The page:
Here are a couple of reasons you might do this...

Saves Processing Work

If you did rescale programmatically at runtime, your software will probably create and cache the artwork anyway. So why not just include the scaled down versions in the art asset bundle? I suppose if it made the download bigger than you'd like it might matter, but you'll save on some CPU load, disk writes, etc.

Greater Artistic Control

If you rescale the art yourself, you will have greater control over the final appearance. That might not make a difference if you are scaling down a small amount, but when you get to much lower resolutions, you may wish to have better artistic control over the final appearance. For example if a specific character's eyes needed to be emphasized, you might actually draw the lower resolution versions with the eyes not scaled down as much to retain the effect -- something that programmatic scaling can't do.

Dynamic Scaling Isn't Perfect

You may make distinctive artistic decisions that do not work with dynamic scaling. For example, suppose you want to put a border, outline or highlight around an image. When viewed at higher resolution, this may look fine, but the scaled down version may muddy or entirely lose the effect. But if hand done you can specifically apply the effect to each size yourself and guarantee you retain the impact.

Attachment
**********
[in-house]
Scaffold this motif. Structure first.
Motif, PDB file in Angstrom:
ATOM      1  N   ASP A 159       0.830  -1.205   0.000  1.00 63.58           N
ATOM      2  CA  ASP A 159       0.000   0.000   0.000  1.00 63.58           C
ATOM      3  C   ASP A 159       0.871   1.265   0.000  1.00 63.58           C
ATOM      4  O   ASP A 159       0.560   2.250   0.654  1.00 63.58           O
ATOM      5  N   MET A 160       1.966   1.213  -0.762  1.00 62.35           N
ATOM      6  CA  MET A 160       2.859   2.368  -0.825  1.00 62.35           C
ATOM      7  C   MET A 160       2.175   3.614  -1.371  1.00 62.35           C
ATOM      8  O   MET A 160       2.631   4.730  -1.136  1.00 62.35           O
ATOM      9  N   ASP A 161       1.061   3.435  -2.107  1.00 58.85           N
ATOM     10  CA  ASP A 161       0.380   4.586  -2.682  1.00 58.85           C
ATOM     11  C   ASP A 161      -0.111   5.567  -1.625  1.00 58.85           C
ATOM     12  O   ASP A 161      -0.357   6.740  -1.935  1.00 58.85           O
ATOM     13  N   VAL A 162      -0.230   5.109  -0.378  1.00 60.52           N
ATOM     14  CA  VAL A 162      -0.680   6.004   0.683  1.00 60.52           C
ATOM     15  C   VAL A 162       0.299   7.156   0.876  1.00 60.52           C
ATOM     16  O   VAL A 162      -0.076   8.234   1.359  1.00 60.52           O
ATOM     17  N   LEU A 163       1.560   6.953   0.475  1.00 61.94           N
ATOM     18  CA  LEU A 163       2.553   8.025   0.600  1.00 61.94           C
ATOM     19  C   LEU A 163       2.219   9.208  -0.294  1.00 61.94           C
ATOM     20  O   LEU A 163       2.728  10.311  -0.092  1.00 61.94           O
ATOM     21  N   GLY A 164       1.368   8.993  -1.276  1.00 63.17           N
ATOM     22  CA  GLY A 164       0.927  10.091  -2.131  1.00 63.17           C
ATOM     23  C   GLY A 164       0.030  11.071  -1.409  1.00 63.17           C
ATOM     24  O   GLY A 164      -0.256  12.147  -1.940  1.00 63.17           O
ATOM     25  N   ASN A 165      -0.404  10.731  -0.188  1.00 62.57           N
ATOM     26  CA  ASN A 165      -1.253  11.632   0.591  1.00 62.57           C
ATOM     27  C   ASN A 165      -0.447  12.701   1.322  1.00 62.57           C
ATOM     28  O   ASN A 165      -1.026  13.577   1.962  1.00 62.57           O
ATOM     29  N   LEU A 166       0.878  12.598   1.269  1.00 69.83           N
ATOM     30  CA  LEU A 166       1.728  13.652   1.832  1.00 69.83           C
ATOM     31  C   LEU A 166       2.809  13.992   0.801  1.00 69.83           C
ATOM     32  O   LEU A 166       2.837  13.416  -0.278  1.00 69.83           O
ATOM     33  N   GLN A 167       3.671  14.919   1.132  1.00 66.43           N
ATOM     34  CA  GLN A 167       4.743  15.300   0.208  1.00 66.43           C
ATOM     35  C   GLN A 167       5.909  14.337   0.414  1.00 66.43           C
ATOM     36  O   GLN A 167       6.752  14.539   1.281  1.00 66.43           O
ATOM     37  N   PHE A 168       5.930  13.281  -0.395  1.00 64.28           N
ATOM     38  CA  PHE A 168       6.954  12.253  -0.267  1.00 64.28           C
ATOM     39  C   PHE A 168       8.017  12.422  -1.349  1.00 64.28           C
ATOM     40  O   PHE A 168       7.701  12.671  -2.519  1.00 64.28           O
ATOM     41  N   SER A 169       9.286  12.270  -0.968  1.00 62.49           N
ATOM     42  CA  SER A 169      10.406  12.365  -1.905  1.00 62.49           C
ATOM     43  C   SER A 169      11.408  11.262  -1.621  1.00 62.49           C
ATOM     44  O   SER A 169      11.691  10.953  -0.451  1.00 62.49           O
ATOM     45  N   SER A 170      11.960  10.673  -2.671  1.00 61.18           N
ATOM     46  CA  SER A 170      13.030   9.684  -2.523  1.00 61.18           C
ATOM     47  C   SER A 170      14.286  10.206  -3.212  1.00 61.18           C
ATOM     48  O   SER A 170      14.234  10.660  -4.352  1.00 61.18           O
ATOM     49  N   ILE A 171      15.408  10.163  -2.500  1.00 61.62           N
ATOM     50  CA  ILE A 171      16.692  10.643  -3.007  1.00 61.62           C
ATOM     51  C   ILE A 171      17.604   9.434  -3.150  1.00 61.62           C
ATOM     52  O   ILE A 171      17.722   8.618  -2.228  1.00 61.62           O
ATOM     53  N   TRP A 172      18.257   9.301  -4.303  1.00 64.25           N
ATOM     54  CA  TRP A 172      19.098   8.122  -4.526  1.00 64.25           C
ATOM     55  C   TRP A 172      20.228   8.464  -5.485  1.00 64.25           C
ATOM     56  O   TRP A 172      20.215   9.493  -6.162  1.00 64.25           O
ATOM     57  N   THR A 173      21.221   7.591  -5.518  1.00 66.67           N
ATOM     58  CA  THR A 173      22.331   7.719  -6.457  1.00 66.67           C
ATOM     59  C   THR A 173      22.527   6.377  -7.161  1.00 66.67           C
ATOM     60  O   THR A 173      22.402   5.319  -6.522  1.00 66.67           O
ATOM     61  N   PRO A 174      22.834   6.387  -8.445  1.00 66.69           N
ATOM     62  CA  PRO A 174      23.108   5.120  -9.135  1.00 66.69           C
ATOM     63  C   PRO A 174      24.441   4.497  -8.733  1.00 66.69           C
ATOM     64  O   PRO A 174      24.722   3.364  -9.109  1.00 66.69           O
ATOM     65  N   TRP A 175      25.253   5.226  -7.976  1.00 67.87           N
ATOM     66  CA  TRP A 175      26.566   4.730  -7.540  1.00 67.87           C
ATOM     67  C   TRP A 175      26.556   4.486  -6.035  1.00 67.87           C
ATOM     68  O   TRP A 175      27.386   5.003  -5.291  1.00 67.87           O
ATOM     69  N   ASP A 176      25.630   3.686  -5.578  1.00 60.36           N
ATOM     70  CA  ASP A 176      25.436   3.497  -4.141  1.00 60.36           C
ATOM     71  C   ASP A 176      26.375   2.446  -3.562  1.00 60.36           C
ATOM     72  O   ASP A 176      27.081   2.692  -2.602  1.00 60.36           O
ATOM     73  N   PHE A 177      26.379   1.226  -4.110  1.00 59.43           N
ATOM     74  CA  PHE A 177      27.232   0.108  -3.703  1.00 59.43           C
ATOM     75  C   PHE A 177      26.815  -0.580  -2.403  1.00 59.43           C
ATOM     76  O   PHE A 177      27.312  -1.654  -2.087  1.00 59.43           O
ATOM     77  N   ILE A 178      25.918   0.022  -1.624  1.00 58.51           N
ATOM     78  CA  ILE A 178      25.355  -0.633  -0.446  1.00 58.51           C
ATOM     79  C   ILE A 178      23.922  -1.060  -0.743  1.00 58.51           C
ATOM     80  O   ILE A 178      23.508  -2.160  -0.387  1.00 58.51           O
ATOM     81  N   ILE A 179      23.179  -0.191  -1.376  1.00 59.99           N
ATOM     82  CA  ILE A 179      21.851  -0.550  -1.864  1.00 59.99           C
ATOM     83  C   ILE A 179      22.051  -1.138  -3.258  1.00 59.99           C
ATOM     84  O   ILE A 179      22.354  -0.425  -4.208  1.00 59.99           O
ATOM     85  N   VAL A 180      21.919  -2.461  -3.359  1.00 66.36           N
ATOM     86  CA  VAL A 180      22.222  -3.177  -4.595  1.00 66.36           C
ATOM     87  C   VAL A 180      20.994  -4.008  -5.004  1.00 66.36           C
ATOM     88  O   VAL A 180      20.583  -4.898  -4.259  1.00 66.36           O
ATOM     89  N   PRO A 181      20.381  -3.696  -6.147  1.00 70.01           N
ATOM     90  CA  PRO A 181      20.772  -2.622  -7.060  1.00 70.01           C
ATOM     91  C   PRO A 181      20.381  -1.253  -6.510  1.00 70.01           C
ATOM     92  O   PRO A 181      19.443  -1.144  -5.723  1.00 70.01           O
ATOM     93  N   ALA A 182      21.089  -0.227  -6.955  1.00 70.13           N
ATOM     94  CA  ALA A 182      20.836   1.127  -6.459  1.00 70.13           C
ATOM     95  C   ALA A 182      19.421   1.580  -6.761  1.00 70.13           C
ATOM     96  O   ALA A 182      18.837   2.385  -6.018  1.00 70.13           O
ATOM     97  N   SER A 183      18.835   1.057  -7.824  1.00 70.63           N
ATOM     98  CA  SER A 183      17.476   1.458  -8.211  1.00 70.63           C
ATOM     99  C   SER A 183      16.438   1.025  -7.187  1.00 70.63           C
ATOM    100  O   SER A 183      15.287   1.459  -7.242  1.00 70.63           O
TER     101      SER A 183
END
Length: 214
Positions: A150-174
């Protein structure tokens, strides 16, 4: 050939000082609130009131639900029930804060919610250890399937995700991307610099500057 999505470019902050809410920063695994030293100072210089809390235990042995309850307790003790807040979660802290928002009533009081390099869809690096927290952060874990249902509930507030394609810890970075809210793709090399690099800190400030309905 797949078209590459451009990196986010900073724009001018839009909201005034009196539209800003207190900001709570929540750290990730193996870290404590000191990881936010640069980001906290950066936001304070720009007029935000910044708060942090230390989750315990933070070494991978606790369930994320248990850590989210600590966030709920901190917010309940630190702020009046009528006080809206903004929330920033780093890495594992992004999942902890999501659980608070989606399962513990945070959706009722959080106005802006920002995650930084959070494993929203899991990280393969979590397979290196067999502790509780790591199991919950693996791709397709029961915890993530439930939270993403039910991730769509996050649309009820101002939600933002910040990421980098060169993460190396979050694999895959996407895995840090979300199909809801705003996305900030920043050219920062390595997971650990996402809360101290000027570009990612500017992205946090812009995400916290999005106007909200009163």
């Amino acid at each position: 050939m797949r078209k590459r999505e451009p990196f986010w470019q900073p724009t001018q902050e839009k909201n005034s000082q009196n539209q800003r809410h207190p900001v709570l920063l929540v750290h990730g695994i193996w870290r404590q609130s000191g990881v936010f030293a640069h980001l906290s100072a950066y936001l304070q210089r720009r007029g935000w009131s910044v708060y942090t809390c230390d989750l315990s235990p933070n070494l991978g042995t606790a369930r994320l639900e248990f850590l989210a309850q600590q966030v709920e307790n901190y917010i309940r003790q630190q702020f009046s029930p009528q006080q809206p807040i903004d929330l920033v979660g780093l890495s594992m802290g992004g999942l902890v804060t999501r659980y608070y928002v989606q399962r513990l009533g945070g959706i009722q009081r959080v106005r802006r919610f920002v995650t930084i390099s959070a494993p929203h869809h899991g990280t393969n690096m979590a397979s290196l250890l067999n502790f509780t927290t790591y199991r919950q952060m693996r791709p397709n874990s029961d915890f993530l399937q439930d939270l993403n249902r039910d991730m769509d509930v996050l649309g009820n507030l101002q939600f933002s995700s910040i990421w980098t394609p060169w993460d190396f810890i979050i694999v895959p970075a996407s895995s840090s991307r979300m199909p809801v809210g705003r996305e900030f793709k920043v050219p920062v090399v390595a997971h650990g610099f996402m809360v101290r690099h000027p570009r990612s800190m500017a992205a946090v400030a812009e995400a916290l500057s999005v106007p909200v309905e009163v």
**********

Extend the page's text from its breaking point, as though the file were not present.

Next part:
Other Thoughts

You could also do a hybrid approach, with a set of resolution-specific resources that are used where found, and a generic set that is dynamically scaled if no resolution-specific version is found. This is a bit like how the Android platform works. Some info on this at http://developer.android.com/guide/practices/screens_support.html


Resizing down is easier than resizing up because you're choosing information to throw away rather than having to invent new (and possibly incorrect) information to fill in the gaps. With that in mind, you probably don't need anything special here and most standard resampling algorithms from the realm of image processing should work fairly well for scaling down an image: bilinear, Gaussian, Lanczos, etc.

Lanczos in particular might be an interesting choice as it sharpens the image, possibly preserving detail that would otherwise be lost when combining several pixels into one. Obviously this comes at the cost of potentially introducing unwanted artefacts.

Some visual comparisons here: https://gis.stackexchange.com/questions/10931/what-is-lanczos-resampling-useful-for-in-a-spatial-context

  • 3
    \$\begingroup\$ -1, because scaling down pixel-art (which is usually hand-crafted pixel-per-pixel, example) will never look good with any of these algorithms. With a nearest neighbor approach you'll lose important line-segments. With interpolating you'll get blurry images. I fear there's no satisfying answer to the OPs question except to do it manually. \$\endgroup\$
    – bummzack
    Jan 24, 2013 at 7:12